Conor Moore | Staff Writer
Just a week shy of Juneteenth, FIU’s Division of Diversity, Equity and Inclusion hosted a panel at the MARC Pavilion discussing the Black vote and its importance to America.
The June 13 event featured State Rep. Shevrin Jones, Coral Spring City Commissioner Nancy Metayer Bowen and activist Briyana Joseph speaking at length about what it means to vote as an African-American within a country grappling with the systemic effects of its of racist legacy.
Agatha S. Caraballo, associate professor in public policy and Founding Director of the Maurice A. Ferré Institute for Civic Leadership introduced the panelists.
In addition, David Bynes, director of the Office for Social Justice and Inclusion gave a short speech contextualizing the history of the political discussion surrounding the Black vote before the panel began.
“If we’re being brutally honest, the perception and the speculation about the Black vote is across the spectrum,” said Bynes. “And that makes conversations and discourses like today not just important, but in my opinion critical and vital to the success and heritage and history of our people moving forward.”
The focus then shifted to the three speakers, who talked about the Black vote from multiple angles.
Bowen would emphasize the need to highlight the racist legacy innately intertwined with any discussion of Black political power.
“It’s important for us to remind folks that, that history happened, even though our governor has been working hard to erase that history. But it’s important to remind our young folks why it’s important to vote and use your voice,” said Bowen, referring to Senate Bill 266, a higher education bill that has been criticized extensively for attempting to re-write or even outright erase certain parts of history.
“I know that as Black people, we have a really large demographic influence, even though we only make up 13 to 15 percent of the population,” said Joseph, program manager for Engage Miami, an organization centered on increasing civic engagement within marginalized communities.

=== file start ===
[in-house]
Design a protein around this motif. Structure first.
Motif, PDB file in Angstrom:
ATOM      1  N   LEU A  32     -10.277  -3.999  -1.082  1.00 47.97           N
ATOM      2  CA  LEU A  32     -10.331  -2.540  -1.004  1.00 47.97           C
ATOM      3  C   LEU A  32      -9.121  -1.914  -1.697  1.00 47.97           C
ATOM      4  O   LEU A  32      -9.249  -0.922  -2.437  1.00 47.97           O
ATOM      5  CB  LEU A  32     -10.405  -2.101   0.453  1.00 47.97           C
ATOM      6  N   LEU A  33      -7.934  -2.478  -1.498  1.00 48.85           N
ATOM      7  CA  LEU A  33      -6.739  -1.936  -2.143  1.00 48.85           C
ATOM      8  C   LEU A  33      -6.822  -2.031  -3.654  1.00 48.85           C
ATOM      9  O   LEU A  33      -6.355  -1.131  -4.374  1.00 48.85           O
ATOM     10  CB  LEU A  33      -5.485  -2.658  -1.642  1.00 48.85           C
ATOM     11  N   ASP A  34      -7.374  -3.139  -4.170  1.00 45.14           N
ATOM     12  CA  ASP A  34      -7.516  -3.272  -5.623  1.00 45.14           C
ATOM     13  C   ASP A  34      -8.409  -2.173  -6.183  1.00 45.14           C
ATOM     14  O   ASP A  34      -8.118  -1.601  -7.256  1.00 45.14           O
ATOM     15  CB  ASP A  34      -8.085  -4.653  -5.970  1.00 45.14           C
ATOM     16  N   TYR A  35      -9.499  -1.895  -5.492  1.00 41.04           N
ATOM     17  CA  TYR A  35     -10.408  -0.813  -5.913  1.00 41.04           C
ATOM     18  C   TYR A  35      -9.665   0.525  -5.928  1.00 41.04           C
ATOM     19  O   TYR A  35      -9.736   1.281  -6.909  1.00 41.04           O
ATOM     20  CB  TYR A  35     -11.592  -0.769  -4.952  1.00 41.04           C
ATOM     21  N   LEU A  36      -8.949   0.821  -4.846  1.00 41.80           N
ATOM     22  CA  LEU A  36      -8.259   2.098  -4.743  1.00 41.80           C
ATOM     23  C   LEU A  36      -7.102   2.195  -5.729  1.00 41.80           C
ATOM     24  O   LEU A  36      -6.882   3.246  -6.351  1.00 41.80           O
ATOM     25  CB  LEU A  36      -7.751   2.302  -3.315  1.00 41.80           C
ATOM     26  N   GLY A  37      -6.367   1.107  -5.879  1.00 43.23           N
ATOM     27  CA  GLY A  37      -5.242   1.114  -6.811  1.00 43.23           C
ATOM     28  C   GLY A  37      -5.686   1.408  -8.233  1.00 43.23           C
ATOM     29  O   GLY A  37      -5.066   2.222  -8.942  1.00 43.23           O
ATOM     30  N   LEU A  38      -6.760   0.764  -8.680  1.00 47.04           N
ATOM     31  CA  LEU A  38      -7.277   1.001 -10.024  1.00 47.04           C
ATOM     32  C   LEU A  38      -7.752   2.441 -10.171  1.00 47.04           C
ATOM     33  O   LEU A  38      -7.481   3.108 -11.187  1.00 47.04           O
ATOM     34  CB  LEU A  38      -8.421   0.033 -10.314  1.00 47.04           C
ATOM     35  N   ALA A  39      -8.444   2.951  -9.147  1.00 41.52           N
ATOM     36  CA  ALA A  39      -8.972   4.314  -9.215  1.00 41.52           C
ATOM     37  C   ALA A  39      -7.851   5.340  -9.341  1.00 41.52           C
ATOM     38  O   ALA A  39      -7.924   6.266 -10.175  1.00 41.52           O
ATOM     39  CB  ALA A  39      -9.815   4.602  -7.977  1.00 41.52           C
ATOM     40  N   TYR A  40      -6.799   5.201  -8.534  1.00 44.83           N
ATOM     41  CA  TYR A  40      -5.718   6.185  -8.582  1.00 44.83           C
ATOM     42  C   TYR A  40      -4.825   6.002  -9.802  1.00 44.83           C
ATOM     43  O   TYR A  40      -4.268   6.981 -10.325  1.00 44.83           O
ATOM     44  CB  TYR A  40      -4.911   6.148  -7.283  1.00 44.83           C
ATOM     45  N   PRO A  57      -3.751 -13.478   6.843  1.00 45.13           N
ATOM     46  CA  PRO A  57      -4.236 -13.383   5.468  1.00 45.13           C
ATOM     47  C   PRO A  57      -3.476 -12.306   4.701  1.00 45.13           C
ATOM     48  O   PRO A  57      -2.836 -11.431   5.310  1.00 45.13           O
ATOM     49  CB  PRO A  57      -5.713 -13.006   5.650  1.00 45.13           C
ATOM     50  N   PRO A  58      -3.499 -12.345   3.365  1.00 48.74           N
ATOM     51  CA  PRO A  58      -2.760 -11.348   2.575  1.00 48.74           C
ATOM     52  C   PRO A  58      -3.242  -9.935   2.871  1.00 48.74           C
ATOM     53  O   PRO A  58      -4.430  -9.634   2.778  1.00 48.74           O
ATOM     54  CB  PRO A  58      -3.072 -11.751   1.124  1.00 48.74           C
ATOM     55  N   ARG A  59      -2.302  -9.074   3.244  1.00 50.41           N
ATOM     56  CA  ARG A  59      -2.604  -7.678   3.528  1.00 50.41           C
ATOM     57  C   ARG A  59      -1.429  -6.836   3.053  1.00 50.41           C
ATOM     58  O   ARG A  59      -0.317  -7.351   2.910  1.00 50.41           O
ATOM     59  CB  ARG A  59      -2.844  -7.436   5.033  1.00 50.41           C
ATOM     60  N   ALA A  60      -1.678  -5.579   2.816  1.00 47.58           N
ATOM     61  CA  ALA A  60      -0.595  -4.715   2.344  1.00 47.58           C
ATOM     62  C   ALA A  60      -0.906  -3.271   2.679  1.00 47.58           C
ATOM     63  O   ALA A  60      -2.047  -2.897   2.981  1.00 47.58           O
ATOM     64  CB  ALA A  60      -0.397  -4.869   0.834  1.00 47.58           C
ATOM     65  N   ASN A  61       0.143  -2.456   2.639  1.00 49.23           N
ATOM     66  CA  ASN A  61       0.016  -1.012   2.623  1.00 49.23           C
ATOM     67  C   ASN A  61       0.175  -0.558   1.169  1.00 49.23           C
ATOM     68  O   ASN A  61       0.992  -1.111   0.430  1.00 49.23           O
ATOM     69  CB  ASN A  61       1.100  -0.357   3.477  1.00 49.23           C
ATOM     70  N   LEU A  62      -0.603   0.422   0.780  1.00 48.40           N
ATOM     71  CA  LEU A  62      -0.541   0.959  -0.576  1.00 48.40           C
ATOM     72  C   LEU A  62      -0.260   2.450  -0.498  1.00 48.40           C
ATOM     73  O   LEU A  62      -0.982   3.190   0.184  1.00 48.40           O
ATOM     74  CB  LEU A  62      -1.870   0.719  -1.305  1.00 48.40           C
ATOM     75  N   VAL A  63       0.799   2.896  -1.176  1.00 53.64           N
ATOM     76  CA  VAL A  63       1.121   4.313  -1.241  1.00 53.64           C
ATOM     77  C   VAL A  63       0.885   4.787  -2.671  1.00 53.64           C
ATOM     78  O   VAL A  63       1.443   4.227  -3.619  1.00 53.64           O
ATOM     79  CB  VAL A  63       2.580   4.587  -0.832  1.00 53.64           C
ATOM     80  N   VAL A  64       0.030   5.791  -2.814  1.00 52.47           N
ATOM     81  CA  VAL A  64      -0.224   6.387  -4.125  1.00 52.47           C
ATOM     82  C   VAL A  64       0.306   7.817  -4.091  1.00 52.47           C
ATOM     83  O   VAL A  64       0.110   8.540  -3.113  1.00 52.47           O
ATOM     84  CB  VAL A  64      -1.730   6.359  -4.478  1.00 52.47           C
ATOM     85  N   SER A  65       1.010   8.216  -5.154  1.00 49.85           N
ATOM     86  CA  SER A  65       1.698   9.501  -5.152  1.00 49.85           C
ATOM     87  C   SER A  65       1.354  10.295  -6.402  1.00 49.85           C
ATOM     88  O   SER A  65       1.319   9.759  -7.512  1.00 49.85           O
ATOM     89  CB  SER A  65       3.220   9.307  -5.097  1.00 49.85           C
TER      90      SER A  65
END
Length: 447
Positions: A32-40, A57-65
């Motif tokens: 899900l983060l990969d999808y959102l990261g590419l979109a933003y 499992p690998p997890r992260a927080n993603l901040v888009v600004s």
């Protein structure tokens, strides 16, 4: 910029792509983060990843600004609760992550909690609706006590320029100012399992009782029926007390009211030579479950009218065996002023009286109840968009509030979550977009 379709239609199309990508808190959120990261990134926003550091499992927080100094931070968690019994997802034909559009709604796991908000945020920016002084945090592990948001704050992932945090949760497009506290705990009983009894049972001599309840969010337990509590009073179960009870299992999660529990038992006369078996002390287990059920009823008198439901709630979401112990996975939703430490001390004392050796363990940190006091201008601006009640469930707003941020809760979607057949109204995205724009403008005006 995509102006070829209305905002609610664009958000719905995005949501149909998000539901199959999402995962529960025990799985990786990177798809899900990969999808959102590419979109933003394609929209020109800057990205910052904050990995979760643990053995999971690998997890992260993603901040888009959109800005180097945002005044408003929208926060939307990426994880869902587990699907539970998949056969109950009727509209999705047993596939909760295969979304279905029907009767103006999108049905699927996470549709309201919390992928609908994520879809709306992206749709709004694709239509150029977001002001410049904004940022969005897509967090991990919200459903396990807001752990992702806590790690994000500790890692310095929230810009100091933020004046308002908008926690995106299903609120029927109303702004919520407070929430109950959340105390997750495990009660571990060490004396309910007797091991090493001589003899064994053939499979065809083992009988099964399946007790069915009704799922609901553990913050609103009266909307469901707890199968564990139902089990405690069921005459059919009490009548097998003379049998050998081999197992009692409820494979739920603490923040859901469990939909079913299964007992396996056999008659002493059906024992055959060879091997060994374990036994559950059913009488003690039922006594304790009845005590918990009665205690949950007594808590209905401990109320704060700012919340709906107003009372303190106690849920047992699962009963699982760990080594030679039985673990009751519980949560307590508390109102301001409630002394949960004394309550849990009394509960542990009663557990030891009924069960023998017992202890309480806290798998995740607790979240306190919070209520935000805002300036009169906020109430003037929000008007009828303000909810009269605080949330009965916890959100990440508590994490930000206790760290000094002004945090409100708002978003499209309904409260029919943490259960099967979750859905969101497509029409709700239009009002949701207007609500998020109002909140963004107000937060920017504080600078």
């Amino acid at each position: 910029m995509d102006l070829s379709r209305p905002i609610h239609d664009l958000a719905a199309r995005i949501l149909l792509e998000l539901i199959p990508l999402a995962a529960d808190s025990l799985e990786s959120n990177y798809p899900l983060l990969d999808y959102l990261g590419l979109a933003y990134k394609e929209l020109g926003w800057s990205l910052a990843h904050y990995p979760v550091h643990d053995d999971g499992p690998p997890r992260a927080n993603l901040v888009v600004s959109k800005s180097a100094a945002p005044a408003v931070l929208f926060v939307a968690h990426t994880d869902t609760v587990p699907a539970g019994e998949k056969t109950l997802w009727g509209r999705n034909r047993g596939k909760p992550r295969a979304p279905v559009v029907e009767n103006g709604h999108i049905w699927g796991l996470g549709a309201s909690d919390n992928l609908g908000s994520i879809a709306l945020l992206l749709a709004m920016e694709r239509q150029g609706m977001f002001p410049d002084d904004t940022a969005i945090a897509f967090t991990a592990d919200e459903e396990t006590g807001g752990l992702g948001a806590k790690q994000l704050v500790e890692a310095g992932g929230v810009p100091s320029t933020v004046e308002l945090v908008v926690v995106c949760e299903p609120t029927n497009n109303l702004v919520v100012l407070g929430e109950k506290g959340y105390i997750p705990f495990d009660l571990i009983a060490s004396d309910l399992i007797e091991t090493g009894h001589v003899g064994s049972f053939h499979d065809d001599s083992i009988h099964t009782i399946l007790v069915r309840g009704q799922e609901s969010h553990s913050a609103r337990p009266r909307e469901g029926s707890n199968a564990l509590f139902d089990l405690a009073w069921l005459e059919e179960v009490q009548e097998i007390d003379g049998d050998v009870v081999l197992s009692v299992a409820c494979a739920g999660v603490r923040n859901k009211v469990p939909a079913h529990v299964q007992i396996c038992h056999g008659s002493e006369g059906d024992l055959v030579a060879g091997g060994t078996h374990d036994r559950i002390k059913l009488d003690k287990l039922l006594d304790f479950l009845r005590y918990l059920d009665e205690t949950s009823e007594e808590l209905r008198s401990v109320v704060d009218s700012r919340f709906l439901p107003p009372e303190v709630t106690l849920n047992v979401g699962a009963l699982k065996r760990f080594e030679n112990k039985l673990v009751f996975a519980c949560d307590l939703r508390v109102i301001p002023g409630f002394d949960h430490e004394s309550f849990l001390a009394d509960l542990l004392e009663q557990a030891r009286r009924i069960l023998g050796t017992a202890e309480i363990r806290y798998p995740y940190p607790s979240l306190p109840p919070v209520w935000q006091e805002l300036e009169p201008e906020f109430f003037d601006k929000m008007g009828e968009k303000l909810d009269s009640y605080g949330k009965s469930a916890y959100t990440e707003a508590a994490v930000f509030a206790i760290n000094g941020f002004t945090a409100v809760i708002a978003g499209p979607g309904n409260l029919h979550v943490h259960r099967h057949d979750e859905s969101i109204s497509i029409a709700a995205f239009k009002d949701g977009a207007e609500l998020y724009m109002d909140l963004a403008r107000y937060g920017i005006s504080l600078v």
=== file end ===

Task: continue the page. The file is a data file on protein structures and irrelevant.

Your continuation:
“We’re able to split the vote, even in battleground states. Because our vote does matter. Our issues do matter.”
Speaking on these issues, the discussion would turn to climate change and how it is affecting the Black community in ways that are not often thought of, such as changing transportation and affordable housing, or even pregnancy.
Returning to the Black vote, Jones talked about how political parties often take the very concept of the Black vote for granted.
“We’re not a monolith. The Black community is treated as if we’re in need of just some social service and not as if economic and small business development is not something we also are,” said Jones.
Jones also spoke of the detrimental effect gentrification has had on historically Black neighborhoods.
“Our communities are dying because the economic diversification that should be happening doesn’t happen because our businesses are being shut down and replaced by larger companies,” said Jones.
During the Q&A portion of the panel, PantherNOW asked the panelists whether or not they thought the average voter truly understood the issues at hand and what was at stake, and if that problem can be remedied.
“It’s not rocket science,” said Bowen. “We have to make sure that people feel like their elected officials care about them. When talking to a constituent, I sometimes have to explain the fine lines of certain legislation, why this jeopardizes them and why this doesn’t. It’s all about one-to-one conversations, which I will continue to do.”
Jone would highlight the need to have these conversations across the aisle.
“We cannot be afraid to go to the lion’s den, and sometimes that causes you to go to a Republican meeting and have conversations, for example. People have to know we’re real people and what that looks like. There’s a lot of noise from both sides but nobody talks to each other,” said Jones.
To conclude, Joseph emphasized the need to have spaces where these critical conversations can be had.
“A lot of spaces where we would come together to have these conversations are disappearing, we need to make new ones and we need to make sure we’re having these conversations to come back around to the issues that matter.”